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Year : 2007  |  Volume : 73  |  Issue : 4  |  Page : 267-268

Acute lymphocytic leukemia in sporadic neurofibromatosis

1 Department of Dermatology, Sri Ram Murti Smarak Institute of Medical Sciences, Bareilly, India
2 Department of Dermatology, Bhaskar Medical College, Hyderabad, India

Correspondence Address:
Pratik Gahalaut
69, Silver Estate, PO- Rohilkhand University, Bareilly - 243 006, UP
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Source of Support: None, Conflict of Interest: None

DOI: 10.4103/0378-6323.33644

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How to cite this article:
Gahalaut P, Ali MM. Acute lymphocytic leukemia in sporadic neurofibromatosis. Indian J Dermatol Venereol Leprol 2007;73:267-8

How to cite this URL:
Gahalaut P, Ali MM. Acute lymphocytic leukemia in sporadic neurofibromatosis. Indian J Dermatol Venereol Leprol [serial online] 2007 [cited 2019 Oct 17];73:267-8. Available from: http://www.ijdvl.com/text.asp?2007/73/4/267/33644


Acute lymphocytic leukemia (ALL) is the most common pediatric malignancy accounting for 3/4 th of all freshly diagnosed leukemias in childhood. [1] Neurofibromatosis (NF) is a common autosomal disorder with markedly variable expressivity. Attention is drawn to the fact that although NF-1 cases have a high risk of developing nonlymphocytic leukemia, sporadic NF cases have a greater chance of developing ALL. We report a rare association of sporadic neurofibromatosis and ALL.

A six year-old male child born of a nonconsanguineous marriage was referred to the Department of Dermatology from the Pediatric Oncology Unit for multiple hyperpigmented lesions on the trunk and thighs. These were present since birth and slowly progressive in nature. The child had initially presented to the Pediatric Oncology Unit about one and a half years ago with a clinical history and features suggestive of acute leukemia. Bone marrow cytology confirmed the diagnosis of acute lymphocytic leukemia (ALL-L1 type). He was started on chemotherapy and presented to us at the 14 th month of chemotherapy while in remission. There was no family history suggestive of NF or any other form of cancer.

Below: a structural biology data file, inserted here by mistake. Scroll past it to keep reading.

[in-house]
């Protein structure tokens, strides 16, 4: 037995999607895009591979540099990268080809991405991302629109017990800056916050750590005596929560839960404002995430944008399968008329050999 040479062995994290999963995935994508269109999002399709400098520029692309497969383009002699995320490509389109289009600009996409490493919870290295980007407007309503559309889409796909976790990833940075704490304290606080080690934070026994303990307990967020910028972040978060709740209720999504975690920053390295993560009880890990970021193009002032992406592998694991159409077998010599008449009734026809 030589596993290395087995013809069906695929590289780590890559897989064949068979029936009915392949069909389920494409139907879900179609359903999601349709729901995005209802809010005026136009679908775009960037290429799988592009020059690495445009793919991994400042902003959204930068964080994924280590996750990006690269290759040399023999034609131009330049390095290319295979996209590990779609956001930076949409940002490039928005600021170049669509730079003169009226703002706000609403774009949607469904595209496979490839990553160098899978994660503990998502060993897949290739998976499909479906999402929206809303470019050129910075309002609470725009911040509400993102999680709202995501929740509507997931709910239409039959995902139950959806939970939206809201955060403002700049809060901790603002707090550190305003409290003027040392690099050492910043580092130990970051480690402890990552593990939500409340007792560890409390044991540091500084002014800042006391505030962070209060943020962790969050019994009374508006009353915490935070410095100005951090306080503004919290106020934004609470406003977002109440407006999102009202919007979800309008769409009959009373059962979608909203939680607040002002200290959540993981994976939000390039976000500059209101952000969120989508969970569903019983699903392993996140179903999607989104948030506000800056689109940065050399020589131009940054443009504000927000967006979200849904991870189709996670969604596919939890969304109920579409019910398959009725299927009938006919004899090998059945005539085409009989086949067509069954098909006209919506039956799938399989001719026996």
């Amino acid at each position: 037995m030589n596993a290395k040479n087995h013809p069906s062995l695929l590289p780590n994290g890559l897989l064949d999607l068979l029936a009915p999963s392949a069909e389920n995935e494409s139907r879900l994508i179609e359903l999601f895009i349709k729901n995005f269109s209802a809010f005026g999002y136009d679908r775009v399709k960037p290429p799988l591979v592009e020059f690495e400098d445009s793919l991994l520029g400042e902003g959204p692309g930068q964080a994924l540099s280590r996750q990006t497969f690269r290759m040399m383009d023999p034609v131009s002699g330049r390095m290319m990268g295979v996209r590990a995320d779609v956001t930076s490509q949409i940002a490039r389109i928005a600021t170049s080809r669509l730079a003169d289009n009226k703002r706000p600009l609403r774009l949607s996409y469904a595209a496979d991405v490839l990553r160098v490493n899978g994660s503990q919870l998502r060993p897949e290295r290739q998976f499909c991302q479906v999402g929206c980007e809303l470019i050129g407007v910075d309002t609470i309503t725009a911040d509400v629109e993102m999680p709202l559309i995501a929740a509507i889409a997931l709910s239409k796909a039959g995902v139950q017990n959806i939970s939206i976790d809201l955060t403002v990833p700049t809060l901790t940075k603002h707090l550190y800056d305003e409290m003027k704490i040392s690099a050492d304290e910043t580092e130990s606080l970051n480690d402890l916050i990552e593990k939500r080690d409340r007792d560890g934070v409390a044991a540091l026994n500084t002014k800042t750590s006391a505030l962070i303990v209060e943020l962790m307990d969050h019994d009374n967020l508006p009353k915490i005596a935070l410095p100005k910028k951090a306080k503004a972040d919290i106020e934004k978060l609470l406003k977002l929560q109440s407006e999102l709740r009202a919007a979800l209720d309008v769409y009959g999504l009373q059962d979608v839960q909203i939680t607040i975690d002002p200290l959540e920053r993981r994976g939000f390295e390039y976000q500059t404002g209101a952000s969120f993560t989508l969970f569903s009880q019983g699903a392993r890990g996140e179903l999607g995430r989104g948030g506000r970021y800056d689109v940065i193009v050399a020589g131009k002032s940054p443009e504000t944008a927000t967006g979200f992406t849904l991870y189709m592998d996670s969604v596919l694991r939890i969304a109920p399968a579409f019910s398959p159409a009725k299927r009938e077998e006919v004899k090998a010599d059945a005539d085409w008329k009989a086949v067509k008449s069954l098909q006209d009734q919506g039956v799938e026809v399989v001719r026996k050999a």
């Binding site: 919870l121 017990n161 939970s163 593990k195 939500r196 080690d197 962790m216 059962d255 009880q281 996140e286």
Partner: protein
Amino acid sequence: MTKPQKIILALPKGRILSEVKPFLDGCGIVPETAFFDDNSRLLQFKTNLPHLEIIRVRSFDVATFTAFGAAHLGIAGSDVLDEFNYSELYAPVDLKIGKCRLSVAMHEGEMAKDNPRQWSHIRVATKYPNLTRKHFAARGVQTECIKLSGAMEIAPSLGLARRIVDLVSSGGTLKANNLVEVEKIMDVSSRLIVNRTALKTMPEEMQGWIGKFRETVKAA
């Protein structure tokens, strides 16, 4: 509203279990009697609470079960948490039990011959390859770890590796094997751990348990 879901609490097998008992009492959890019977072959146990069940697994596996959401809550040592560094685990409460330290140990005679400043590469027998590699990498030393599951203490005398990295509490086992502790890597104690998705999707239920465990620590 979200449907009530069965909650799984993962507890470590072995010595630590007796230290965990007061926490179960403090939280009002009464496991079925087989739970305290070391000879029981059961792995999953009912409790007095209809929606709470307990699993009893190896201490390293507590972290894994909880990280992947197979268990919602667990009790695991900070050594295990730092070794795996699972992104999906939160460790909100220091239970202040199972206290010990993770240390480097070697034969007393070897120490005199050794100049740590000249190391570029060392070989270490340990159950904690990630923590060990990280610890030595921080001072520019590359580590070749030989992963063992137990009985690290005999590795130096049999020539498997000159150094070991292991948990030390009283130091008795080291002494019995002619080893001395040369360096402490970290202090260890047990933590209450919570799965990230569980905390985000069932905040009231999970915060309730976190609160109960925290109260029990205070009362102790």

A dermatological examination revealed multiple cafι-au-lait macules (> 6) on the abdomen, back and thighs having sharp serrated margins and geographic borders. The lesions were not uniform in shape and their dimensions ranged from 3 x 3 cm (approx.) to 15 x 10 cm (approx.). Pigmentation over these cafι-au-lait macules was not homogenous with 0.4-0.9 cm-sized, darker, hyperpigmented macules present within larger, lighter macules. Similar smaller hyperpigmented macules were also present on the trunk. Freckling was present in the inguinal region. No neurofibroma was evident. Child had IAP (Indian Academy of Pediatrics) Grade III malnutrition and anemia (Hb = 7.8 g%). The platelet count, leukocyte count, urine microscopy and serum electrolytes were within normal limits. Spinal and chest radiology, cranial computed tomography (CT) scan, electroencephalogram (EEG), audiogram and slit lamp examination revealed no abnormalities. The intelligence quotient was normal. With this history, clinical examination and investigations, a diagnosis of sporadic neurofibromatosis, type-1 (NF-1) with ALL-L1 (in remission) was made.